There is no way of talking about my family’s history without speaking of survival. This is the legacy of war. This is the legacy of destruction, suffering, and the human urge to overcome.
The silence that exists between my father and me is crowded with the experiences he has lived through and does not share. It is a cycle of silence caused by my fear of opening his old wounds, multiplied by each year of silence that passes, perpetuated by the fact that I have never articulated how much I want to know what he has been through, to share and thus divide that pain.
My father is the eldest son to survive beyond the war inflicted upon the Cambodian population by the Khmer Rouge. A war that was a cancer, borne of the same country that it would destroy, taking away critical organs: the educators, the statesmen, the ballet teachers, the thespians, the two uncles whom I will never know. My father’s older brothers.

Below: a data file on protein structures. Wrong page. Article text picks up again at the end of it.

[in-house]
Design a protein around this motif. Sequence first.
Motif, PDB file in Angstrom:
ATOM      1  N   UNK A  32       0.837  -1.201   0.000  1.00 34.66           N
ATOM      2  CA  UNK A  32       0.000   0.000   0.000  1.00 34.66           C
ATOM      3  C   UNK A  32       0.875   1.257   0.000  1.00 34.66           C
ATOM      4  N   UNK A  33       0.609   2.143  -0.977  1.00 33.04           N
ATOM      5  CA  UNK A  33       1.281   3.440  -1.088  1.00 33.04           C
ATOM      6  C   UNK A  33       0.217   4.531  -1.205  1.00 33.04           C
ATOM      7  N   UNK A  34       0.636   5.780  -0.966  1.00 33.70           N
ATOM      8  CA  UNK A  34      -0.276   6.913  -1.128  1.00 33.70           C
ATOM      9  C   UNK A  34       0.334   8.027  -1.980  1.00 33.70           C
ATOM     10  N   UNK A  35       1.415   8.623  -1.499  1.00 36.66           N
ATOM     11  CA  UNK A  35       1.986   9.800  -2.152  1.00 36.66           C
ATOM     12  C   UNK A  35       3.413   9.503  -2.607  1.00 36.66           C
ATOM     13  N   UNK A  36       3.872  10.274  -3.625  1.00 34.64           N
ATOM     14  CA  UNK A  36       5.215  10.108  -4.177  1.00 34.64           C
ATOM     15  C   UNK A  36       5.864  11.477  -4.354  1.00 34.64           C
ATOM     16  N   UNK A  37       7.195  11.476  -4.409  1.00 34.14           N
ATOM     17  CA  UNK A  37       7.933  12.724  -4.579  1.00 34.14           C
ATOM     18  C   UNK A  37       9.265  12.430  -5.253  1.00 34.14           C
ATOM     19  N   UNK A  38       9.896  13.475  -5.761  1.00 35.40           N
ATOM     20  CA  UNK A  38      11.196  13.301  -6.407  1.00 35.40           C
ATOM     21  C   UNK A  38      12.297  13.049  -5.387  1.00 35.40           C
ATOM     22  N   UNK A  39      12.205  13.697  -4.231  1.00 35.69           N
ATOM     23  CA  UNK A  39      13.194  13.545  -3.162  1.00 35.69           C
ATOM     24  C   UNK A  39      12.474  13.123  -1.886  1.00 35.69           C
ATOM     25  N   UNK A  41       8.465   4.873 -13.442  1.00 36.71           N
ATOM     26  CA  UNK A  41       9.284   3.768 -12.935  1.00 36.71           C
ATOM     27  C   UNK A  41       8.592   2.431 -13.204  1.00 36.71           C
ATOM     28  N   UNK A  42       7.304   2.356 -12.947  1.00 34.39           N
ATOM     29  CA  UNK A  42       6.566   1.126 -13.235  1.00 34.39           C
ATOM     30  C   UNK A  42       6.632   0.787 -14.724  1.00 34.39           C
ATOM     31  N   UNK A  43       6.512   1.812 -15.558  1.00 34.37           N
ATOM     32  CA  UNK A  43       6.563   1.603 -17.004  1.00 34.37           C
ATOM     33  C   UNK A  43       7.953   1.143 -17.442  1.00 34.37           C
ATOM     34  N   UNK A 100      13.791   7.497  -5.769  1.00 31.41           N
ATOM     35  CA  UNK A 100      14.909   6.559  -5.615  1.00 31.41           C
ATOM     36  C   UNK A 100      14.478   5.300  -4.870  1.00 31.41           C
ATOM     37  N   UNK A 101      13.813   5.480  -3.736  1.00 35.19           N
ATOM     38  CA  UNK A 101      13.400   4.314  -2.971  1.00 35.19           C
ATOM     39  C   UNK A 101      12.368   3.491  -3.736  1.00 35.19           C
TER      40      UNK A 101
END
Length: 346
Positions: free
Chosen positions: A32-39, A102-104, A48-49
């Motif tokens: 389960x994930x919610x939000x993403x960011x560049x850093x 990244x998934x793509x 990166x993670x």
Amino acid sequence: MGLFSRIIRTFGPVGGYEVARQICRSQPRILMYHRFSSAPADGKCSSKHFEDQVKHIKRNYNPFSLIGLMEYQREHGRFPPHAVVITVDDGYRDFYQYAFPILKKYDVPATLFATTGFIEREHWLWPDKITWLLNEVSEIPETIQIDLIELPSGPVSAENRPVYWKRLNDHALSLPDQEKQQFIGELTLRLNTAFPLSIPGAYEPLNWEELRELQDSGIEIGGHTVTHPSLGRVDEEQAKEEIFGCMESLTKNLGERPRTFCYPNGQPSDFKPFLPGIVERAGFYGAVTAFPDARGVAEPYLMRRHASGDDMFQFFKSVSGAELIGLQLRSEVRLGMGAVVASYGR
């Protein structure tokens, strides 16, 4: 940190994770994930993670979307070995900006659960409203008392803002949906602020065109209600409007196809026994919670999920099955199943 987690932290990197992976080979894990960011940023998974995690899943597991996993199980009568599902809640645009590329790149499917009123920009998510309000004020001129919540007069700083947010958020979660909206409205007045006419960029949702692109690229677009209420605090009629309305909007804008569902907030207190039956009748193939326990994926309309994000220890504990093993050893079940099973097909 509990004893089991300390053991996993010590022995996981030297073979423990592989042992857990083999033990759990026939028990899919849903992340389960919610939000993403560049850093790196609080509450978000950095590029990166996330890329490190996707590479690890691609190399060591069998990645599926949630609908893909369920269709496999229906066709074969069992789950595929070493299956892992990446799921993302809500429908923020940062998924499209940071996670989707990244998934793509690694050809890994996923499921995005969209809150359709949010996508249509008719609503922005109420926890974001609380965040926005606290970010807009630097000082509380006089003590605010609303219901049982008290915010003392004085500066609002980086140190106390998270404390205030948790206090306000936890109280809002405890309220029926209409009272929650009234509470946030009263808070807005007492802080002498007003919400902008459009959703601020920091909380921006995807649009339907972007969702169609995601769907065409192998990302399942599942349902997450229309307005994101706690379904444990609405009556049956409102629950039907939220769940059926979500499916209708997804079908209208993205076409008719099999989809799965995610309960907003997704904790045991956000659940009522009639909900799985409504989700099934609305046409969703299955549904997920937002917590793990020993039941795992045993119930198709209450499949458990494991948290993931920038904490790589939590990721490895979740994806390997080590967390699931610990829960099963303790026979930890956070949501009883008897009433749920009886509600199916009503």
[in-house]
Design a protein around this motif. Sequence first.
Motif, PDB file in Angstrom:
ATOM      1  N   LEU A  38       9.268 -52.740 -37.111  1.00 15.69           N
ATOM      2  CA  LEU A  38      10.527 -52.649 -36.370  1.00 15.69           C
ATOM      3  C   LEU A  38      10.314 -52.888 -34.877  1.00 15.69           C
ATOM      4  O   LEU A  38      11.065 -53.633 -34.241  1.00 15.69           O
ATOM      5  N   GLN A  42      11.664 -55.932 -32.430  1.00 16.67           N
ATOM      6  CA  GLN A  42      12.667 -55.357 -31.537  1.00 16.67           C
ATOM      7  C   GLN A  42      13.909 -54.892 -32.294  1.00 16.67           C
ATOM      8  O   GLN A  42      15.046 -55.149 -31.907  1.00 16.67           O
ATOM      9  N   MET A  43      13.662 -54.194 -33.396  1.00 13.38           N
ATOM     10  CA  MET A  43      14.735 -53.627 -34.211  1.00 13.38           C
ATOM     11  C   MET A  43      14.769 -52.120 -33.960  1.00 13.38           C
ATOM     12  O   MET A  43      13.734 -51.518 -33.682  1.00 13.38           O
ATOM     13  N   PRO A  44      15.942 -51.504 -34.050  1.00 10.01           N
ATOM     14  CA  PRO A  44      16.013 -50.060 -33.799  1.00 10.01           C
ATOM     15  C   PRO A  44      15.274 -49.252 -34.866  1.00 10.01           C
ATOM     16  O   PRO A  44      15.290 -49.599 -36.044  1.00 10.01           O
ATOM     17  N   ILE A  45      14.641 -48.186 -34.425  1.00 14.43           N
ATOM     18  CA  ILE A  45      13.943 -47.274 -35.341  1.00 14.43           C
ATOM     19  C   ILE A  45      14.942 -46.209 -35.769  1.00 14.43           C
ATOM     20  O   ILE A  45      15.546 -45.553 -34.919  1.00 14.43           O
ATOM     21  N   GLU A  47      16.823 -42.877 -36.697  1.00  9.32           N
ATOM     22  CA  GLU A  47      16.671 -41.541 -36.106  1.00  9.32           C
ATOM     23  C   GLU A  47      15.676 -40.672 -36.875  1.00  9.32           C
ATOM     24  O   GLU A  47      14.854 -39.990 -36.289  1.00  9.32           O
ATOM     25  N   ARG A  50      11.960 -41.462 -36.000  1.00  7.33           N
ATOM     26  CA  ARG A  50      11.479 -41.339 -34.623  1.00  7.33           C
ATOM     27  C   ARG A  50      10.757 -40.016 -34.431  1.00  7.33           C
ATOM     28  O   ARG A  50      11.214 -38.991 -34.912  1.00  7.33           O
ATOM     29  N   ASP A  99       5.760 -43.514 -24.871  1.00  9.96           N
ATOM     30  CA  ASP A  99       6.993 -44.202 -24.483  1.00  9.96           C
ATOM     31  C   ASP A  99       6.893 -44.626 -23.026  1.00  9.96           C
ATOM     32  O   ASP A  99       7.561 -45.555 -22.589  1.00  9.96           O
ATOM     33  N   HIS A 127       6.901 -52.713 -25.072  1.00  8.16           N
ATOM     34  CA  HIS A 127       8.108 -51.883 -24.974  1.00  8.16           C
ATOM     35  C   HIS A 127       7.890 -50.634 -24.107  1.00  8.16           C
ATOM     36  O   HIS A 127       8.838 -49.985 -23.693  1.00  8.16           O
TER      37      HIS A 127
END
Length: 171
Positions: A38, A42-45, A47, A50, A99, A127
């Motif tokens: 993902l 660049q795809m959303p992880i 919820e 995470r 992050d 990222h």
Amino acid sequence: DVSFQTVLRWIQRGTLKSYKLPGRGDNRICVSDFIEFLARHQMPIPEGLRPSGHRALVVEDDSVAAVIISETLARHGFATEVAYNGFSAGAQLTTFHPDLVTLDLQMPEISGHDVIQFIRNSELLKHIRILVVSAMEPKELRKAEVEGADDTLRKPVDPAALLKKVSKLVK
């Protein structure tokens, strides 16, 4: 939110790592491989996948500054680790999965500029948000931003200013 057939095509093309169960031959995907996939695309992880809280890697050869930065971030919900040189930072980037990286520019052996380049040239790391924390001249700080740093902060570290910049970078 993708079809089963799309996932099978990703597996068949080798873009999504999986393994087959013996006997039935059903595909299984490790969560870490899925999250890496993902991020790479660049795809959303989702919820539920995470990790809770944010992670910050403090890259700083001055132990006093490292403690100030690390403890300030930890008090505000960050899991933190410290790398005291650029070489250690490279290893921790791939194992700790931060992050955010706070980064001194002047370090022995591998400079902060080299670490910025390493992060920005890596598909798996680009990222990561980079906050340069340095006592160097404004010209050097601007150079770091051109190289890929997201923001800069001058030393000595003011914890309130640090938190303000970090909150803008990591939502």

My mother, the first child to survive, the eldest daughter. My father, the third son, the eldest son to survive. There are many stories from their lives that I do not know and need to understand. It was not until this moment that I realized what parallels exist between them.
This telling is not the egotism of the child who attempts to use family history to explain and validate her own life; it is an endeavor to honor and understand my family beyond that context.